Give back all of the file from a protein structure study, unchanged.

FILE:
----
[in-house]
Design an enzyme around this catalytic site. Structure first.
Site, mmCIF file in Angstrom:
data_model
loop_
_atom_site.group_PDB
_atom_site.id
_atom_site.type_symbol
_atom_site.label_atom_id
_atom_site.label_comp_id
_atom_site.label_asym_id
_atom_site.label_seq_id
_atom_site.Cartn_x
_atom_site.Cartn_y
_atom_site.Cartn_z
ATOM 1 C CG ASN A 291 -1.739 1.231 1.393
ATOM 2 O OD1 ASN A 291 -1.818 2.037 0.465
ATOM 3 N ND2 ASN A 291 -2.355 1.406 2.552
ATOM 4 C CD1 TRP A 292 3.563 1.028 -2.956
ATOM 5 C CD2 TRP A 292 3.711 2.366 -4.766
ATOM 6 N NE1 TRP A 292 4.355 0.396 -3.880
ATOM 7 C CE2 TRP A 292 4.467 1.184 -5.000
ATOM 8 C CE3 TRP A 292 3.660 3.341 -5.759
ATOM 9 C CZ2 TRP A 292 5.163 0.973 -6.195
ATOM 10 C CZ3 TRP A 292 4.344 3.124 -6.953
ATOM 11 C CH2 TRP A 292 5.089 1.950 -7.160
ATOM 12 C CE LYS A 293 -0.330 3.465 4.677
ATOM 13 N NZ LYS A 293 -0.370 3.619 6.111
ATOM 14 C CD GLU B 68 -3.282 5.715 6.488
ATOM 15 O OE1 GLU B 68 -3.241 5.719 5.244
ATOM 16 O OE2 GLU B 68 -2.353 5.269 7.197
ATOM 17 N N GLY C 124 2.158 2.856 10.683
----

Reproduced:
[in-house]
Design an enzyme around this catalytic site. Structure first.
Site, mmCIF file in Angstrom:
data_model
loop_
_atom_site.group_PDB
_atom_site.id
_atom_site.type_symbol
_atom_site.label_atom_id
_atom_site.label_comp_id
_atom_site.label_asym_id
_atom_site.label_seq_id
_atom_site.Cartn_x
_atom_site.Cartn_y
_atom_site.Cartn_z
ATOM 1 C CG ASN A 291 -1.739 1.231 1.393
ATOM 2 O OD1 ASN A 291 -1.818 2.037 0.465
ATOM 3 N ND2 ASN A 291 -2.355 1.406 2.552
ATOM 4 C CD1 TRP A 292 3.563 1.028 -2.956
ATOM 5 C CD2 TRP A 292 3.711 2.366 -4.766
ATOM 6 N NE1 TRP A 292 4.355 0.396 -3.880
ATOM 7 C CE2 TRP A 292 4.467 1.184 -5.000
ATOM 8 C CE3 TRP A 292 3.660 3.341 -5.759
ATOM 9 C CZ2 TRP A 292 5.163 0.973 -6.195
ATOM 10 C CZ3 TRP A 292 4.344 3.124 -6.953
ATOM 11 C CH2 TRP A 292 5.089 1.950 -7.160
ATOM 12 C CE LYS A 293 -0.330 3.465 4.677
ATOM 13 N NZ LYS A 293 -0.370 3.619 6.111
ATOM 14 C CD GLU B 68 -3.282 5.715 6.488
ATOM 15 O OE1 GLU B 68 -3.241 5.719 5.244
ATOM 16 O OE2 GLU B 68 -2.353 5.269 7.197
ATOM 17 N N GLY C 124 2.158 2.856 10.683